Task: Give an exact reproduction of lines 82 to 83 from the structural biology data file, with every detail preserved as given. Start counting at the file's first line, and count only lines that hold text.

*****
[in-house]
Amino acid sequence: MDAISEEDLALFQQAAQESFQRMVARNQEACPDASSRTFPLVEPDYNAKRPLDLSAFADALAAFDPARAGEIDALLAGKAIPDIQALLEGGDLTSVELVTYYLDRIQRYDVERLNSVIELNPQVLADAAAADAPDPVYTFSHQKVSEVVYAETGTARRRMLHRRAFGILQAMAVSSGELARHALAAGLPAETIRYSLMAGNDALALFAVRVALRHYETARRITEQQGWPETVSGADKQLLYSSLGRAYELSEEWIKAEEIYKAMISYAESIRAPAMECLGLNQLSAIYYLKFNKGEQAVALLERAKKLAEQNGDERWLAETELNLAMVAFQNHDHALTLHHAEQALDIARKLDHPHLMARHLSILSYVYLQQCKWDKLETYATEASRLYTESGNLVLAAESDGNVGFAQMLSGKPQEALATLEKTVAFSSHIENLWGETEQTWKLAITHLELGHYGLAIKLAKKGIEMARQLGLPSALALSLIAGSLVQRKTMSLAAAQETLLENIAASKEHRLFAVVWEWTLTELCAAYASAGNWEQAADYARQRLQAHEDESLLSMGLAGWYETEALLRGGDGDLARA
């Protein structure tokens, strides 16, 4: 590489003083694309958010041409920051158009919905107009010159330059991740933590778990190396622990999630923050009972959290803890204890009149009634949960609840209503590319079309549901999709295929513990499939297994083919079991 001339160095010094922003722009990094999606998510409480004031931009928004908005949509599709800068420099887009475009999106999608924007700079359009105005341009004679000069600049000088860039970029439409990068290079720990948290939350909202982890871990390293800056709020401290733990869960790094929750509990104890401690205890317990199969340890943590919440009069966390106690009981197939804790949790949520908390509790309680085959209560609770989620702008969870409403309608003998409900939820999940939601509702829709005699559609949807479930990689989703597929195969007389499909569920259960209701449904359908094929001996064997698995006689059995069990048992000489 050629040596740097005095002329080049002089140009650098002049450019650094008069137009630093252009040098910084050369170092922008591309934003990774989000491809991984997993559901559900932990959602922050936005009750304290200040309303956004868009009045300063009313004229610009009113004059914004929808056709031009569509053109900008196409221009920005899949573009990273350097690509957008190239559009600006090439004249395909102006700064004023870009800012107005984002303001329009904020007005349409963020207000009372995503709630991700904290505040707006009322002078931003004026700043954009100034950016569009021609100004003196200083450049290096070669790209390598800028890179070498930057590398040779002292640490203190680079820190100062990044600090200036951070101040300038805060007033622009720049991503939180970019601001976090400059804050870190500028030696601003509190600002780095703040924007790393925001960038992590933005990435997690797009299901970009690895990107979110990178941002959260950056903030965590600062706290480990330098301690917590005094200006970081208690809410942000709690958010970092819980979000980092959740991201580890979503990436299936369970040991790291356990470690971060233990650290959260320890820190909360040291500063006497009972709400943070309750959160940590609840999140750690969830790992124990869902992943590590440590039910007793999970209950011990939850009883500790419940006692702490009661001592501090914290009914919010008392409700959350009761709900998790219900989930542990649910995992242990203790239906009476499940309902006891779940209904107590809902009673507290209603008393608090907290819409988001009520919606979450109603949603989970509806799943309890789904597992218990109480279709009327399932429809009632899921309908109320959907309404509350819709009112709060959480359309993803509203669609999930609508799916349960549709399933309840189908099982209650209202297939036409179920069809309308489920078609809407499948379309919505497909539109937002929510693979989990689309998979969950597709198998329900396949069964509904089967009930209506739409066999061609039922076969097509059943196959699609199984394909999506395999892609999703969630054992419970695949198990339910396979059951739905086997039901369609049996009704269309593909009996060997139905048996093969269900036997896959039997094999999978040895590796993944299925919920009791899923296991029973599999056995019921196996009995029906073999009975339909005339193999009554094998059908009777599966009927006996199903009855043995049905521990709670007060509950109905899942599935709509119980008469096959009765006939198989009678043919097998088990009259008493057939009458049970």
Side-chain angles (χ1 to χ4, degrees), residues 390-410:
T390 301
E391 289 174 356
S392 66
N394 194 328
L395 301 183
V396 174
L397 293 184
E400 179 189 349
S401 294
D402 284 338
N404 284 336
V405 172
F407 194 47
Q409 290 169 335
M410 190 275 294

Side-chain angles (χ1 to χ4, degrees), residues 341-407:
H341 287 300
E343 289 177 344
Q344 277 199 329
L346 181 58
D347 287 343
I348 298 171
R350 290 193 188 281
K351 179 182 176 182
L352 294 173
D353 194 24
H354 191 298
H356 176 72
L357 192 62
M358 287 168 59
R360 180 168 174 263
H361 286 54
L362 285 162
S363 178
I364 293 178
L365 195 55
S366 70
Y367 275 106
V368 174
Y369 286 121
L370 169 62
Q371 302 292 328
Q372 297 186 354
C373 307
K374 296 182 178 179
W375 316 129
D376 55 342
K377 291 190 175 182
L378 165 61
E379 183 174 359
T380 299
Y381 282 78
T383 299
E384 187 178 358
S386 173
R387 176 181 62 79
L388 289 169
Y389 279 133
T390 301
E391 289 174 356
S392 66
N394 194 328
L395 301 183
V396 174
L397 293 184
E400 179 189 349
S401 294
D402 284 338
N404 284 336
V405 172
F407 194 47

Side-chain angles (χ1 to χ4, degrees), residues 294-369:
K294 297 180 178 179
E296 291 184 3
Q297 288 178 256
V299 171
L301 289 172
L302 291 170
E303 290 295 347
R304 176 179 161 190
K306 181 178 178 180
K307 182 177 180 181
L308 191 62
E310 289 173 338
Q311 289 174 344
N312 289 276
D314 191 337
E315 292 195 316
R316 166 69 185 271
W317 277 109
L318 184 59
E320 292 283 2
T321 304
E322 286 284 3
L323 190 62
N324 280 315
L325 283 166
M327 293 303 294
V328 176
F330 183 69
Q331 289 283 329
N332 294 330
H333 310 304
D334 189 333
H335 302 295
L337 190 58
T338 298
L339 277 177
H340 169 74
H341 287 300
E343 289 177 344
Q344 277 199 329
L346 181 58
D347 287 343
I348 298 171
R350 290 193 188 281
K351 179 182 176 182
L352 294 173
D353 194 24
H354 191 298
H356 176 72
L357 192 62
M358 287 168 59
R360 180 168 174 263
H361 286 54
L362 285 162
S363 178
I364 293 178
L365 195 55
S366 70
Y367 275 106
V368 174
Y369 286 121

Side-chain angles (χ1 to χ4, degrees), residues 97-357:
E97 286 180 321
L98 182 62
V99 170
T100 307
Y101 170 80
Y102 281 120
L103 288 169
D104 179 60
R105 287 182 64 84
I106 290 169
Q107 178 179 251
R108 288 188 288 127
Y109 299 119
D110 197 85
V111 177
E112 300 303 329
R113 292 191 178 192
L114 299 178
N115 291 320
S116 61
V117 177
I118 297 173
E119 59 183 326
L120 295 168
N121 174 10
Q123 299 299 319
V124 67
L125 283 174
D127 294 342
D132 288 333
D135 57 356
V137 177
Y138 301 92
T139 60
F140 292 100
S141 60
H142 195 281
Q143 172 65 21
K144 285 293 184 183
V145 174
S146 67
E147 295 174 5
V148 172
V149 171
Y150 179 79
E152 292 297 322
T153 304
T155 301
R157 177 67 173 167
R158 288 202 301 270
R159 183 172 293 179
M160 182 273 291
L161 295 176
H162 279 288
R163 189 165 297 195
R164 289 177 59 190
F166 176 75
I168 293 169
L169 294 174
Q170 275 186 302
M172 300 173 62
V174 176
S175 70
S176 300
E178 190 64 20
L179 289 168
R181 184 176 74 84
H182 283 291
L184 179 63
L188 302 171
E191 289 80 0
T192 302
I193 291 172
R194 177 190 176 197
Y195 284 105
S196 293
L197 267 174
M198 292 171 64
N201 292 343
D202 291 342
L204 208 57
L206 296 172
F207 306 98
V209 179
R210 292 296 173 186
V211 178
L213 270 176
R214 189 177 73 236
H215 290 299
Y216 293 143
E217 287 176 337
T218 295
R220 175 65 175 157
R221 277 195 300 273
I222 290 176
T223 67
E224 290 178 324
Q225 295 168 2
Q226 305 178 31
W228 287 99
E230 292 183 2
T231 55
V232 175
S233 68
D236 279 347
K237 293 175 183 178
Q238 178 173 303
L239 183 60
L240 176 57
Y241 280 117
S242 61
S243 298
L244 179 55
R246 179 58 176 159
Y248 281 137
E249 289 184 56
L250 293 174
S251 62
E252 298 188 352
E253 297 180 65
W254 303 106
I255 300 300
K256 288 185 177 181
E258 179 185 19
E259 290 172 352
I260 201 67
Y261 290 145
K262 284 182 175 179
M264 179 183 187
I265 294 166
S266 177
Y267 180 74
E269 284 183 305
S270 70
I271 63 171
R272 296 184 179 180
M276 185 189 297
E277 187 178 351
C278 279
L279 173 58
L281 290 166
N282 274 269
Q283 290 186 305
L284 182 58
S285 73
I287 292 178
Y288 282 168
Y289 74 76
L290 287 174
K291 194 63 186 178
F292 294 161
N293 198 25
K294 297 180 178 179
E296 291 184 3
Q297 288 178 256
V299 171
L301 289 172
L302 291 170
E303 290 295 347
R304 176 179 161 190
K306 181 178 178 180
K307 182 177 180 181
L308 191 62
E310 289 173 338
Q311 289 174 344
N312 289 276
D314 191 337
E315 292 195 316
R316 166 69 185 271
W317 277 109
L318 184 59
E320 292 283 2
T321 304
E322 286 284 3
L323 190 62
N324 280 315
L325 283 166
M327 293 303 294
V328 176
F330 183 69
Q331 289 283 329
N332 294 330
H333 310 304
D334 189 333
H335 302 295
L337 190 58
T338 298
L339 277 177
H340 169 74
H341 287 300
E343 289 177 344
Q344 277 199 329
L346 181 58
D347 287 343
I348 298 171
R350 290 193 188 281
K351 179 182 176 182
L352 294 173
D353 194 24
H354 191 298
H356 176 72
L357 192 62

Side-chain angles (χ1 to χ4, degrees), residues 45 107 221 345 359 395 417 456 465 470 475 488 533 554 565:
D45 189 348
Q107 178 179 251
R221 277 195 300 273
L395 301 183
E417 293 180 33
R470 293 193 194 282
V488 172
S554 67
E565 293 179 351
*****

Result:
L302 291 170
E303 290 295 347